U.S. retrofits could yield $1 trillion of energy savings over 10 years, equivalent to savings of about 30 percent of the country’s annual electricity spend, according to a report by Deutsche Bank Climate Change Advisors and The Rockefeller Foundation.
To achieve the savings, $279 billion would need to be invested in retrofitting the commercial, institutional and residential market segments in the U.S, according to United States Building Energy Efficiency Retrofits: Market Sizing and Financing Models.
If all of these retrofits were undertaken it would reduce U.S. emissions by 10 percent and create 3.3 million “job years.” These jobs would include a range of skill qualifications, and would be geographically diverse, the report says.
The authors goes on to investigate a number of financing models which offer the potential to scale investment in these markets. The models include energy services agreements, property-assessed clean energy and on-bill finance.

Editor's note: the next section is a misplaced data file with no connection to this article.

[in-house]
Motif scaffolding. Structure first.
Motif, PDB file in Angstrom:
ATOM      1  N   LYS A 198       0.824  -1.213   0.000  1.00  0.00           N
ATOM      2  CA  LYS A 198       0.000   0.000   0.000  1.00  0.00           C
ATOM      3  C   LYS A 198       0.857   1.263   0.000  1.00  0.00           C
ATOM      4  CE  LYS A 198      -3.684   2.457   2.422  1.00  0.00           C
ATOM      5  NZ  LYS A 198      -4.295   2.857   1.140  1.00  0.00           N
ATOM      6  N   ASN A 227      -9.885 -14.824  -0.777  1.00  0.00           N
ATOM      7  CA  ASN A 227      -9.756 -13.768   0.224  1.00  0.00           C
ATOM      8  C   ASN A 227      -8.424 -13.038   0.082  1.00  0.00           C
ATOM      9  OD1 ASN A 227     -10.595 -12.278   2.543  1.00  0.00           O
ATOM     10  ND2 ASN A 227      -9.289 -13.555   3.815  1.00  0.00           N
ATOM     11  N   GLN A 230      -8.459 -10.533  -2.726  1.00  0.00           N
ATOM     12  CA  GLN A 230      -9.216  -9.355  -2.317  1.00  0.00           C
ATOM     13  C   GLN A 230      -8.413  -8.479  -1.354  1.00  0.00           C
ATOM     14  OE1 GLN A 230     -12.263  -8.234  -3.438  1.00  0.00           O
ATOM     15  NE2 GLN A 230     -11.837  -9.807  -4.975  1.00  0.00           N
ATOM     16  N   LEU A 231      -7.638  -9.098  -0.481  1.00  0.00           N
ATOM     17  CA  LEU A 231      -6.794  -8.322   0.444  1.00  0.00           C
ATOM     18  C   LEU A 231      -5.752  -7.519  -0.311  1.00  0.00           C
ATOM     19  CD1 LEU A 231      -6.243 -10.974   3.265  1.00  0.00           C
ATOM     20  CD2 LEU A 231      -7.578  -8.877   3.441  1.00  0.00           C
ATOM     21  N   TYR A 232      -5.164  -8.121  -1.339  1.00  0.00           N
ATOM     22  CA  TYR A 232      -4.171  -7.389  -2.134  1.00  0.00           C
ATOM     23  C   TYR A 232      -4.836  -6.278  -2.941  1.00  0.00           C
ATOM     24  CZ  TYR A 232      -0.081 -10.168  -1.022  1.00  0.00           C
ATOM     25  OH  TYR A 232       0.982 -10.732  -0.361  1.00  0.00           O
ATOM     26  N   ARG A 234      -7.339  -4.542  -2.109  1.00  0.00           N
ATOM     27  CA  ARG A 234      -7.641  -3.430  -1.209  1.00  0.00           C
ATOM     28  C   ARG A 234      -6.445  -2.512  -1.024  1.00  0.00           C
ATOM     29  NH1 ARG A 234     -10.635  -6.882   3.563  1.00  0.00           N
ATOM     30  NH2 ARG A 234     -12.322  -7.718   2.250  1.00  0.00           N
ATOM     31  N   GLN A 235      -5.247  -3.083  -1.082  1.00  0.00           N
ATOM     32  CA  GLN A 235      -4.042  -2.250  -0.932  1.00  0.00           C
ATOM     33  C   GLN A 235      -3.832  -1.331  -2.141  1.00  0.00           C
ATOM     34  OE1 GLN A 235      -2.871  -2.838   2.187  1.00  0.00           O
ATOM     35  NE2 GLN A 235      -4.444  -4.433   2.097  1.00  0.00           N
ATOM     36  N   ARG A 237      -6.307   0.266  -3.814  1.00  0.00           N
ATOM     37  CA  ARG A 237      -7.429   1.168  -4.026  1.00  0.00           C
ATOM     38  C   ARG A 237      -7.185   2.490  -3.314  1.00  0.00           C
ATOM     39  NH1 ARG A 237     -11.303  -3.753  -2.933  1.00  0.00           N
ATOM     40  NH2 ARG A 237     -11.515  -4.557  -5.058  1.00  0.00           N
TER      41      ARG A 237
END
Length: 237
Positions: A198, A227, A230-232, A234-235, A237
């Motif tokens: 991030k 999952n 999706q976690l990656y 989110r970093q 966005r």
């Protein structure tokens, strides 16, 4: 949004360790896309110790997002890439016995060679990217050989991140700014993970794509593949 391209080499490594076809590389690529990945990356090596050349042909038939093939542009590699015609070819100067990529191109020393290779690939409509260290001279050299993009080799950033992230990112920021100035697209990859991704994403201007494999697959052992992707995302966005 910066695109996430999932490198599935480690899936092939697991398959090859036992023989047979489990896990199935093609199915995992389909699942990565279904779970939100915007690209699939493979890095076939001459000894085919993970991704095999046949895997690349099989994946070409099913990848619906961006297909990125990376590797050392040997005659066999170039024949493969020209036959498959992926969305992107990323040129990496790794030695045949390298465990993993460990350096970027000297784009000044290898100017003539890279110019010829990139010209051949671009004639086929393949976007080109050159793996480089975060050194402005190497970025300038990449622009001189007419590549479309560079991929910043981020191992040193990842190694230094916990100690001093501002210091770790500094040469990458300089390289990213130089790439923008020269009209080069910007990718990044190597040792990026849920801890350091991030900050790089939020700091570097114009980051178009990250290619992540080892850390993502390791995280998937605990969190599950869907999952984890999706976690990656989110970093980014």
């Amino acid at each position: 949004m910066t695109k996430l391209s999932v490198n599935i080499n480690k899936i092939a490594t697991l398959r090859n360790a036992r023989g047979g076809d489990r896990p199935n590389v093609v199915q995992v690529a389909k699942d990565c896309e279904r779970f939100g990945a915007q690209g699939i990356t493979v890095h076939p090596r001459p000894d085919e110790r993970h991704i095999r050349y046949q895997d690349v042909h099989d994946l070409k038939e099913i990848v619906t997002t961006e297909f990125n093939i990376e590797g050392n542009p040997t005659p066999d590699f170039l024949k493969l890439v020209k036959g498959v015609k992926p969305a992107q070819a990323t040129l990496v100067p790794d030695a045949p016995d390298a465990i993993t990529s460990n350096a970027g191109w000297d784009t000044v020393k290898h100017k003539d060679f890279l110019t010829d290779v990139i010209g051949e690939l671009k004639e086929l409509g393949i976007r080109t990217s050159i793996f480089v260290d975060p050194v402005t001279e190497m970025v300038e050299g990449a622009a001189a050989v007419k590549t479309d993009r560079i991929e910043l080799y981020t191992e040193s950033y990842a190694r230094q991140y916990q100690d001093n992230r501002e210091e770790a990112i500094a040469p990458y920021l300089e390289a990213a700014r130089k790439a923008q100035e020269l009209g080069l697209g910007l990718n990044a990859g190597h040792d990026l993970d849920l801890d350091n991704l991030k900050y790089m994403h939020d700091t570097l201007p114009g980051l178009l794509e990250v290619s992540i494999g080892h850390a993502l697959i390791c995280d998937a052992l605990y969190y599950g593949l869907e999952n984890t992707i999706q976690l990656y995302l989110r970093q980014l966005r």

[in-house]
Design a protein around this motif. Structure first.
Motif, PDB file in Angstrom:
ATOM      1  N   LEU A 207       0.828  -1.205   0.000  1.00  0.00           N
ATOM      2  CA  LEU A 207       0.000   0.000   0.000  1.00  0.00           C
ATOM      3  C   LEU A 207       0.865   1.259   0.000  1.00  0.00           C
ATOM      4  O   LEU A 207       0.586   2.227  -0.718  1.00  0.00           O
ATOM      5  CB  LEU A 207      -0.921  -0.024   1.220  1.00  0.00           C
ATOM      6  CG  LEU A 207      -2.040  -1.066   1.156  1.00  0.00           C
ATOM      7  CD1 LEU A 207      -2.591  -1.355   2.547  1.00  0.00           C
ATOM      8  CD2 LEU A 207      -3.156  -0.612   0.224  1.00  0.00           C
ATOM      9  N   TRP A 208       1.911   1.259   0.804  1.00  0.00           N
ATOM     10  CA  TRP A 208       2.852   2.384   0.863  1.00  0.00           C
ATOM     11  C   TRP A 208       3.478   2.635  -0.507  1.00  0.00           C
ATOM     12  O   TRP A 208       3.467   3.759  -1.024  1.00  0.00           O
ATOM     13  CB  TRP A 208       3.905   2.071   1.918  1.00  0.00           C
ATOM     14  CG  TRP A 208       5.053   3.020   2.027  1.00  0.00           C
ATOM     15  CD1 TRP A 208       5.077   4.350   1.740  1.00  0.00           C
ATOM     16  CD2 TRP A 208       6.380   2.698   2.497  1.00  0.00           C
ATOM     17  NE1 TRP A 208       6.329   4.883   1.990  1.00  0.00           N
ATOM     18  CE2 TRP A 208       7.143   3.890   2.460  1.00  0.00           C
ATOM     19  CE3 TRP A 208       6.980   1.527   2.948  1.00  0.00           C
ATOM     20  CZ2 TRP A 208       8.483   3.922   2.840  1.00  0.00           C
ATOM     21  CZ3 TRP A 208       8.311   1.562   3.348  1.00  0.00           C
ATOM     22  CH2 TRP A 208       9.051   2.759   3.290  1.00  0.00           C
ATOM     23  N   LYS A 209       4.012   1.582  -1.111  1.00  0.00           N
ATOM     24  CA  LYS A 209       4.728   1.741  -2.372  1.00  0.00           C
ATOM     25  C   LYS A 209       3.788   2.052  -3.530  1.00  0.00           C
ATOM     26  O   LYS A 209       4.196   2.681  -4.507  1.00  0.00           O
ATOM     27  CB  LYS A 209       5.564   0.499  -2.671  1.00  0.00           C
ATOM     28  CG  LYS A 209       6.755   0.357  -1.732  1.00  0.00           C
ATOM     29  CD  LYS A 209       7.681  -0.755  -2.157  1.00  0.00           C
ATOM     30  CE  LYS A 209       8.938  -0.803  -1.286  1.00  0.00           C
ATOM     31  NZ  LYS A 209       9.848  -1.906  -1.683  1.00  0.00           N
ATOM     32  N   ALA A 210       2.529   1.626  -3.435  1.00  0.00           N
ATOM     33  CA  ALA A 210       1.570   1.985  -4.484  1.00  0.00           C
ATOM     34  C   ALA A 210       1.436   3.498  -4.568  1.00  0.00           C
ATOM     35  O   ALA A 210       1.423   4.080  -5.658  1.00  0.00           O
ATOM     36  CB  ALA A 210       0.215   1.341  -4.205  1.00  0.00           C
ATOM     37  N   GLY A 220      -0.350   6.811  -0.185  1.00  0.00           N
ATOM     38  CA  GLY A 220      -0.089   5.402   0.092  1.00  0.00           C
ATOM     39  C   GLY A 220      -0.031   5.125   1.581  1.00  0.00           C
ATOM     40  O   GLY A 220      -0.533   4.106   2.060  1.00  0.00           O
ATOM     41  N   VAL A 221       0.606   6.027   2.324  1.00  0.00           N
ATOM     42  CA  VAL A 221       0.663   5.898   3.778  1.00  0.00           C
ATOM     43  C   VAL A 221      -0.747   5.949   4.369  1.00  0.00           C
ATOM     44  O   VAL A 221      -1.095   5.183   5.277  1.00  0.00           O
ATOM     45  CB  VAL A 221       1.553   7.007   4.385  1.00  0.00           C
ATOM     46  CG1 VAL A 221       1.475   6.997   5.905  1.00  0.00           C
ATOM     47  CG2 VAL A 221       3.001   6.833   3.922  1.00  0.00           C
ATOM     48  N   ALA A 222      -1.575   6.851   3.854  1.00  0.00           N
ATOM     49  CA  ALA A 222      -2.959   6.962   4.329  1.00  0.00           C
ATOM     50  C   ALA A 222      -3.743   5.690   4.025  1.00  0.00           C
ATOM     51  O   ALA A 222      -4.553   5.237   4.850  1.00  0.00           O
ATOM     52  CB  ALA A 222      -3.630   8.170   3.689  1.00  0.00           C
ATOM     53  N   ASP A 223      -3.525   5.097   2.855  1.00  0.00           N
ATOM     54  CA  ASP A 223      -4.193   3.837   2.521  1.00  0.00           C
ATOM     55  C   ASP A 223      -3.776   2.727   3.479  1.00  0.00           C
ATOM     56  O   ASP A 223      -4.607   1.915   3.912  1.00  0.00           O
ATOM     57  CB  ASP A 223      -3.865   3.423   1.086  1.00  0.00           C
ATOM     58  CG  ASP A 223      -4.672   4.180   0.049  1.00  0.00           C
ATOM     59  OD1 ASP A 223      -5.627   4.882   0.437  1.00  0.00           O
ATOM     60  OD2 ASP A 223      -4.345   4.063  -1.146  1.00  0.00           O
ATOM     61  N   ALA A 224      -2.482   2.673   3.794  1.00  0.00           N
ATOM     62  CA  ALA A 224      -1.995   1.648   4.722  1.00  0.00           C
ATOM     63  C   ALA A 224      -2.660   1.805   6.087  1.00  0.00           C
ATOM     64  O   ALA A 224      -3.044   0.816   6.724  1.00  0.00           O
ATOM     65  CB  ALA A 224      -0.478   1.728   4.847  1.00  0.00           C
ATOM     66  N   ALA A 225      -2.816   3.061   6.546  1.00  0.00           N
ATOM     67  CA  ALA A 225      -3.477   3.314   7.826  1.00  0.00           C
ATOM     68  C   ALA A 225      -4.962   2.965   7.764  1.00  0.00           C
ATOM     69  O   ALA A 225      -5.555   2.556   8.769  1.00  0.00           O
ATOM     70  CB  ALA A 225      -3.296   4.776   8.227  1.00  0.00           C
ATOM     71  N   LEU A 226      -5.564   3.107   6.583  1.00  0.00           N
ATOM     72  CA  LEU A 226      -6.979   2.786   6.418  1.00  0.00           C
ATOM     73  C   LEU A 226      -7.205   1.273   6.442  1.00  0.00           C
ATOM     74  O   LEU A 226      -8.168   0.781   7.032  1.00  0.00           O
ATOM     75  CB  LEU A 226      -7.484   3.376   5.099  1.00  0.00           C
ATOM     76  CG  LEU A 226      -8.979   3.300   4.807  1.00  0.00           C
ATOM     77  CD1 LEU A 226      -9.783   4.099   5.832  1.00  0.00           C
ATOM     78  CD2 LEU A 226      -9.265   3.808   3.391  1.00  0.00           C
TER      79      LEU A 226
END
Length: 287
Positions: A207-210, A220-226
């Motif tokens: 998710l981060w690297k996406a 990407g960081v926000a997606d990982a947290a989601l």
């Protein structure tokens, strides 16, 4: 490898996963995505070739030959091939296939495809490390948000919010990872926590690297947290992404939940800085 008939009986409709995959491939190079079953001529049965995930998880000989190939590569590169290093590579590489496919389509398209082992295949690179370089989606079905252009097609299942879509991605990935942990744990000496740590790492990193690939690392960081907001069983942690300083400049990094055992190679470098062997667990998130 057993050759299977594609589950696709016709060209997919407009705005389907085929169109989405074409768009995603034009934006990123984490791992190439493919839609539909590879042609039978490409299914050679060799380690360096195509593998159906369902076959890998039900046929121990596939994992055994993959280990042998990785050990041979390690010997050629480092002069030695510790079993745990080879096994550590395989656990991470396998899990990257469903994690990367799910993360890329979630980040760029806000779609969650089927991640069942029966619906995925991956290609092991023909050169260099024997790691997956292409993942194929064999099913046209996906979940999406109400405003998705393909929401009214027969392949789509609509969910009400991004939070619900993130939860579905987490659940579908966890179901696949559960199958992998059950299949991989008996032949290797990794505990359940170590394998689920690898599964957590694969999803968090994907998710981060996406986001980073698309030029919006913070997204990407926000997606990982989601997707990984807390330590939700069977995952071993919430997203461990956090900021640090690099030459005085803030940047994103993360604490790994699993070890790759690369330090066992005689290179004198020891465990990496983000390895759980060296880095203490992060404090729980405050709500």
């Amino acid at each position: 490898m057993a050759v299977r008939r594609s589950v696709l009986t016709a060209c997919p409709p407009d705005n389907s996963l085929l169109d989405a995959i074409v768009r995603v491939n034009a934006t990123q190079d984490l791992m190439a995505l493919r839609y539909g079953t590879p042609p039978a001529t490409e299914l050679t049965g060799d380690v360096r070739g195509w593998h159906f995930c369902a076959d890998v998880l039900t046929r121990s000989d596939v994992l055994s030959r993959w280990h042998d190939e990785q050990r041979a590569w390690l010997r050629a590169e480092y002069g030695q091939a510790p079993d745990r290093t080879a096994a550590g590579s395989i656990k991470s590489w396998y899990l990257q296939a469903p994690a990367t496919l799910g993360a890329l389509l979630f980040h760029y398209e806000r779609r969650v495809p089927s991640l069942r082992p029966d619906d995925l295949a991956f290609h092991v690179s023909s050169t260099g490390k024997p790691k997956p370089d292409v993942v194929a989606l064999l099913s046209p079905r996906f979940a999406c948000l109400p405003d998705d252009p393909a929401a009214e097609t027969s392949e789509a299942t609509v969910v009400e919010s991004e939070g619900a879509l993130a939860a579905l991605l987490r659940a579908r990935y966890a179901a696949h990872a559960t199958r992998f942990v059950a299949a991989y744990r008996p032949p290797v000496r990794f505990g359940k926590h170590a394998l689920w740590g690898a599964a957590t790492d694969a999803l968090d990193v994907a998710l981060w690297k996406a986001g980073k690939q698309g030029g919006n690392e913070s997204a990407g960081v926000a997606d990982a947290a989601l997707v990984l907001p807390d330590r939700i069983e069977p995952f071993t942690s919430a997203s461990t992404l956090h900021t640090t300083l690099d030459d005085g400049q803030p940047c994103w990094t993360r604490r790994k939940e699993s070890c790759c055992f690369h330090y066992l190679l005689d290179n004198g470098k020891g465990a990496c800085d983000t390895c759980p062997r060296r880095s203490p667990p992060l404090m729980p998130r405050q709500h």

In other green building news, a report by the U.S. Green Building Council and the University of Michigan’s Taubman College of Architecture and Urban Planning argues that environmentally friendly buildings offer greater potential resiliency to natural disasters than their non-green counterparts.
The report, titled Green Building and Climate Resilience: Understanding Impacts and Preparing for Changing Conditions, examines how the adoption of green building measures and certifications – such as the USGBC’s own LEED credit system – can, for example, reduce a building’s reliance on local resources and energy and help ready it for disasters such as drought and increased temperatures.